Bria Jahrling (now Bria Comer) was a freshman at James Madison majoring in dance when her whole world changed in January of 2008. Crossing the street in the college town of Harrisonburg, Virginia, Bria was struck by a vehicle going 40 miles per hour. She was flown to the trauma center at UVA where the emergency room doctor called her mom and told her to “drive fast.” They weren’t sure she would make it through the night. Bria had a broken scapula and a damaged frontal lobe. She spent the next several weeks in a rehabilitation facility — Bria doesn’t remember the first month at all. At a facility in Baltimore, she re-learned how to complete basic tasks most students take for granted—from making a grilled cheese sandwich to walking. Over and over, she and her family were told that dance would never be a part of her life again. She was just lucky to be alive.
Bria was determined to prove them wrong.
Eight weeks after her accident, and with the help of her tap teacher, Bria attended her first dance class. It wasn’t what she hoped for, “I wasn’t able to stretch, turn as fast, or do so many of the moves I had always done. I had to work for things that had always come naturally.” Slowly she began to regain her fine motor skills and worked her way back to top form. Bria was able to go back to JMU the following August. “I feel stronger now than I ever have as a dancer,” she said. “I have more confidence and strength. Having to work for every little thing has made me better.”
Bria, now 26, is the artistic director of Equinox Dance Company as well as a dance teacher. Her goal is to bring dance to as many people as possible. “Dance saved my life. I’m not sure how I would have survived that dark time without focusing on getting better and back to dance.”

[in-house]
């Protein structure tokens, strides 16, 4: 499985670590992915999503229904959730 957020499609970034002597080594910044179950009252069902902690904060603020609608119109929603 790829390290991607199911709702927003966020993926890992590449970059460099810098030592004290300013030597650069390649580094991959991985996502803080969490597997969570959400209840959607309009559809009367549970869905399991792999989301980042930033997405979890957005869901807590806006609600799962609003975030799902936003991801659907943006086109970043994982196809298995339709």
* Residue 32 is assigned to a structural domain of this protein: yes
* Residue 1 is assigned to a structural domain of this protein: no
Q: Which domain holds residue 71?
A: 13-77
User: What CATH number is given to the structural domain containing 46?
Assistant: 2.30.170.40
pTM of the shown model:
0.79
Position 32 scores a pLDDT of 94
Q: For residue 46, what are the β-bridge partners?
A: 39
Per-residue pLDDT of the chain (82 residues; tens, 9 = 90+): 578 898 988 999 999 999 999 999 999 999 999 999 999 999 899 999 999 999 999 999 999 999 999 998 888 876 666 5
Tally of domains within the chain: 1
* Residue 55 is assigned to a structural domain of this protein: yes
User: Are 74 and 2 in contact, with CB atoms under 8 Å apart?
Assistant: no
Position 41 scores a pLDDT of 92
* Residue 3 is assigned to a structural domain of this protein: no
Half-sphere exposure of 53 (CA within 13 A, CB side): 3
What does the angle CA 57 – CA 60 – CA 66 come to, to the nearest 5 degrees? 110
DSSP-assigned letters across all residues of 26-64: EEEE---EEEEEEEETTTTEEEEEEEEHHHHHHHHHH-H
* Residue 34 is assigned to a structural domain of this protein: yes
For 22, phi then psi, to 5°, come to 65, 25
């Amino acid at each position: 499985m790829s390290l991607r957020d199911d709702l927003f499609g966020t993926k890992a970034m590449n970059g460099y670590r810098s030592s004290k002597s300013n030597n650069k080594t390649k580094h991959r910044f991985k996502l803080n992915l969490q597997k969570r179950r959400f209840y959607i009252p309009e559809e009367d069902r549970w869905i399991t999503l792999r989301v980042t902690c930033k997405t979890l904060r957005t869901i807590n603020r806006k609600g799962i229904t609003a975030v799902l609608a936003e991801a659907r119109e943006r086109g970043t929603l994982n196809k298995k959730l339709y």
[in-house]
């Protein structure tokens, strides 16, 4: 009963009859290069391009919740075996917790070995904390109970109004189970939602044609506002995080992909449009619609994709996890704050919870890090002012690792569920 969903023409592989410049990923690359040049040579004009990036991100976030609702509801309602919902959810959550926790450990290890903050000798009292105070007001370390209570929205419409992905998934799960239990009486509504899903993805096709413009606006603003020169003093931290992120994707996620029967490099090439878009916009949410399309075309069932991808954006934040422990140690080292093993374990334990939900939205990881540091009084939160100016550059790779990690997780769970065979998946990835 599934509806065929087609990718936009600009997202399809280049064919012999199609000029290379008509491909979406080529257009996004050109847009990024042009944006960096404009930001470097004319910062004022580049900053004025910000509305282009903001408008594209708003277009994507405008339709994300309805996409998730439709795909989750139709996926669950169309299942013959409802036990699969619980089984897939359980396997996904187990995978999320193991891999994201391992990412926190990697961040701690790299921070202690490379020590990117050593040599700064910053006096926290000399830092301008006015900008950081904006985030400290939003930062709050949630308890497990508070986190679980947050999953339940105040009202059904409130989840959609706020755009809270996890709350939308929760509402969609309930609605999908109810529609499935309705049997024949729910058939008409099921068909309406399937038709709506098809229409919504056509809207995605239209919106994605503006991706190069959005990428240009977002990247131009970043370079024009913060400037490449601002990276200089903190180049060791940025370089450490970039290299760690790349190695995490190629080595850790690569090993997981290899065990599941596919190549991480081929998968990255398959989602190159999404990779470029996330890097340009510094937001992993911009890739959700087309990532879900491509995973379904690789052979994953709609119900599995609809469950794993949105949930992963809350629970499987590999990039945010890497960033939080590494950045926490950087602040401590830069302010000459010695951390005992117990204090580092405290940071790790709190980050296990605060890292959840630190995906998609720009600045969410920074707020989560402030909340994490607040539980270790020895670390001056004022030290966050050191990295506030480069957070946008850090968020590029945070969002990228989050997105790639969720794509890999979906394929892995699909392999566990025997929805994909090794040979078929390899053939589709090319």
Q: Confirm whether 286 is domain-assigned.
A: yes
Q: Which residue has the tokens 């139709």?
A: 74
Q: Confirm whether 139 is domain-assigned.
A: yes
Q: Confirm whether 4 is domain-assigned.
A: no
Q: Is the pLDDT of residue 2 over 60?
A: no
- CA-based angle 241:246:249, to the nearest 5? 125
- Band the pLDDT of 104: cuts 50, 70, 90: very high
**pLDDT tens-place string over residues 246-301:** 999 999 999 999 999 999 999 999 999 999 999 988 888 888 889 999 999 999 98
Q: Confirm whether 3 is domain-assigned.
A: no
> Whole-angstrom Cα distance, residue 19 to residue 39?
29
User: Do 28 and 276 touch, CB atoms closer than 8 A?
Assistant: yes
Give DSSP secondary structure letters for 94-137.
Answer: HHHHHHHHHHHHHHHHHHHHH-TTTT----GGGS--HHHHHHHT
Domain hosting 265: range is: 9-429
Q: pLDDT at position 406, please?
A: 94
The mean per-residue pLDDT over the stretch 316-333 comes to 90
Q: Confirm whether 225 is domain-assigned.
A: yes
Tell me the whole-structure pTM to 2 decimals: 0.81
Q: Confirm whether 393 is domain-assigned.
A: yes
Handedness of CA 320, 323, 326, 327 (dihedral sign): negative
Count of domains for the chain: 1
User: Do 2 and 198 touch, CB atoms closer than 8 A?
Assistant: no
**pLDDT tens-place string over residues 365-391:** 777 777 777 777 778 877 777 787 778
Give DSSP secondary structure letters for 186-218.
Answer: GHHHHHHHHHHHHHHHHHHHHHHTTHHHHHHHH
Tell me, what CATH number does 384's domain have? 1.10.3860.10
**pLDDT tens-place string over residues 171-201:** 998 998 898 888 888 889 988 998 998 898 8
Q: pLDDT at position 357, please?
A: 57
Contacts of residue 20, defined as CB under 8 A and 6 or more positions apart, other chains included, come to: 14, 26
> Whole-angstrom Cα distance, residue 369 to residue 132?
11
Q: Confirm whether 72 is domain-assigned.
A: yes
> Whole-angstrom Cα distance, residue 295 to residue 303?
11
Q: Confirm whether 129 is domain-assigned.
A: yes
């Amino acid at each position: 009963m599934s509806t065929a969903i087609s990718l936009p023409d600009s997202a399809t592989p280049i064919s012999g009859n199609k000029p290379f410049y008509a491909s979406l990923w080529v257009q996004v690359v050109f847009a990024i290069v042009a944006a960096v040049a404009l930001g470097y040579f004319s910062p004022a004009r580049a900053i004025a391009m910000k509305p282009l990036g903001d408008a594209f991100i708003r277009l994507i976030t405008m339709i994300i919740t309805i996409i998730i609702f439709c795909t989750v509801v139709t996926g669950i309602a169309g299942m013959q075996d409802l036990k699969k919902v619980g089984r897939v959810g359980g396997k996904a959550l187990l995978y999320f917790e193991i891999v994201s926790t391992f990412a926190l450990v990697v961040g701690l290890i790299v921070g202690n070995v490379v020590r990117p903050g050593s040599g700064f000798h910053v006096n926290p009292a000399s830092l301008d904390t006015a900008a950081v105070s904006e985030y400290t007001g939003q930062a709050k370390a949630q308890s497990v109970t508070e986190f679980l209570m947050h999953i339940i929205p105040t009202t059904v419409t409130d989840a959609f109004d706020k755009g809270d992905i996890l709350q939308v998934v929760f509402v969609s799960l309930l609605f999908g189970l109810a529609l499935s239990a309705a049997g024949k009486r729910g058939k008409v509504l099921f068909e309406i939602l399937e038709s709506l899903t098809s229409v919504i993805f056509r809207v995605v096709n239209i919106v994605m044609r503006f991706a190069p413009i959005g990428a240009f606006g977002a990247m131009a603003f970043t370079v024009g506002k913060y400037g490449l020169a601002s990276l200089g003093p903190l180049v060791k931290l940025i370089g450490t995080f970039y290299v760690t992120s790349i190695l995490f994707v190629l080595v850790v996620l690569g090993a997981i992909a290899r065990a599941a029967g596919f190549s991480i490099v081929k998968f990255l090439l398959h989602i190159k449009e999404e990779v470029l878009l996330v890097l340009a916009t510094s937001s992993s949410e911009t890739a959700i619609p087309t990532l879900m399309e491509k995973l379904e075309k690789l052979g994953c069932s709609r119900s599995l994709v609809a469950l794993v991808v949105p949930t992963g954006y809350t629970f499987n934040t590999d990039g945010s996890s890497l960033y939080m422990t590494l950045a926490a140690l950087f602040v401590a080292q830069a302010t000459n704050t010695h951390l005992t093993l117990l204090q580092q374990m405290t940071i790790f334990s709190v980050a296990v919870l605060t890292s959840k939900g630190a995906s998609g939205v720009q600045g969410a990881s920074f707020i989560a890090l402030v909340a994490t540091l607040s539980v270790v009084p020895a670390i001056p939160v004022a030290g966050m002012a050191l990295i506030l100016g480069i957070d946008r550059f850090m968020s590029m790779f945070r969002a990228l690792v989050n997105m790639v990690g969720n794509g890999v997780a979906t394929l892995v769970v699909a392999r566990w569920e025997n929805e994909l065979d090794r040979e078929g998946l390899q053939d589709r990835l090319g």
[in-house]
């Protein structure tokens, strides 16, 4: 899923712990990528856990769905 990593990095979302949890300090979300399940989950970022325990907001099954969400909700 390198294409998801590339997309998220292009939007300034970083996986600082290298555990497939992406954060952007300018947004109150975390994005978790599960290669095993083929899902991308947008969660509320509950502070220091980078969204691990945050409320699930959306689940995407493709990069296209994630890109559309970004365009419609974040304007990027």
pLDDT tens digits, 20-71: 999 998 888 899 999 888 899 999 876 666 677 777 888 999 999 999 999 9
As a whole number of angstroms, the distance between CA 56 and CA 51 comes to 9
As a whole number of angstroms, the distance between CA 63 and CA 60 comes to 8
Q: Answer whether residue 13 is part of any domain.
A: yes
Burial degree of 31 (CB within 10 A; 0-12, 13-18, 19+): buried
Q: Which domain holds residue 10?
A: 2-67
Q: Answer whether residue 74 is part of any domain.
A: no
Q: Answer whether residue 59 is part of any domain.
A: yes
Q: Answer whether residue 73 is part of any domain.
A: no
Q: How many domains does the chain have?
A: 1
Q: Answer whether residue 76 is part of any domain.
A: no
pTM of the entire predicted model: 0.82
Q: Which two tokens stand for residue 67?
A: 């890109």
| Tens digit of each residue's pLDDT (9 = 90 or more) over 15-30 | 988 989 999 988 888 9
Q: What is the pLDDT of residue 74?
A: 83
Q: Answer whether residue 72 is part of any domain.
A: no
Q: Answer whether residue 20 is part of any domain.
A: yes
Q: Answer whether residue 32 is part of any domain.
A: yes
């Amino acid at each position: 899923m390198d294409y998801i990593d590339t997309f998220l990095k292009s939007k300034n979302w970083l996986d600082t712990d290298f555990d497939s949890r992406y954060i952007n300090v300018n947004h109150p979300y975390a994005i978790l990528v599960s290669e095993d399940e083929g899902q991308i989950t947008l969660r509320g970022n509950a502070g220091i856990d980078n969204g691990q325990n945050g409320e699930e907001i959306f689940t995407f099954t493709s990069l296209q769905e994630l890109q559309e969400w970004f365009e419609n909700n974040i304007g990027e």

STRAIGHT TALK WITH BRIA:
Q: How do you feel empowered?
A: I am really intrigued by the body’s capabilities. My doctors didn’t expect me to live through the night, and when I did, they said I would never dance again. I don’t remember anything about my first month of recovery, but I do remember having to pick up the pieces of my life as I got back into dancing again. It was heartbreaking to be constantly reminded of what my injury had taken from me. It wasn’t a simple recovery, and it took a lot of fighting, but I proved those doctors wrong. I feel empowered by pushing myself to see what I am physically capable of—can I jump higher, or run faster, or stretch farther, or lift something heavier? Yes, if I try hard enough. The feeling of overcoming something I was told I couldn’t, is one of the greatest feelings I have ever experienced
Q: What keeps you inspired?
A: This is going to sound lame but the body keeps me inspired. The body is capable of really extraordinary things if you are willing to push its limits. It is amazing to watch someone go from not being able to do something to performing it flawlessly, all just because they weren’t willing to give up. It is something I see every day—in my students and in myself. The harder you are willing to work, the more results you will see!
Q: What was the hardest part of your journey/experience?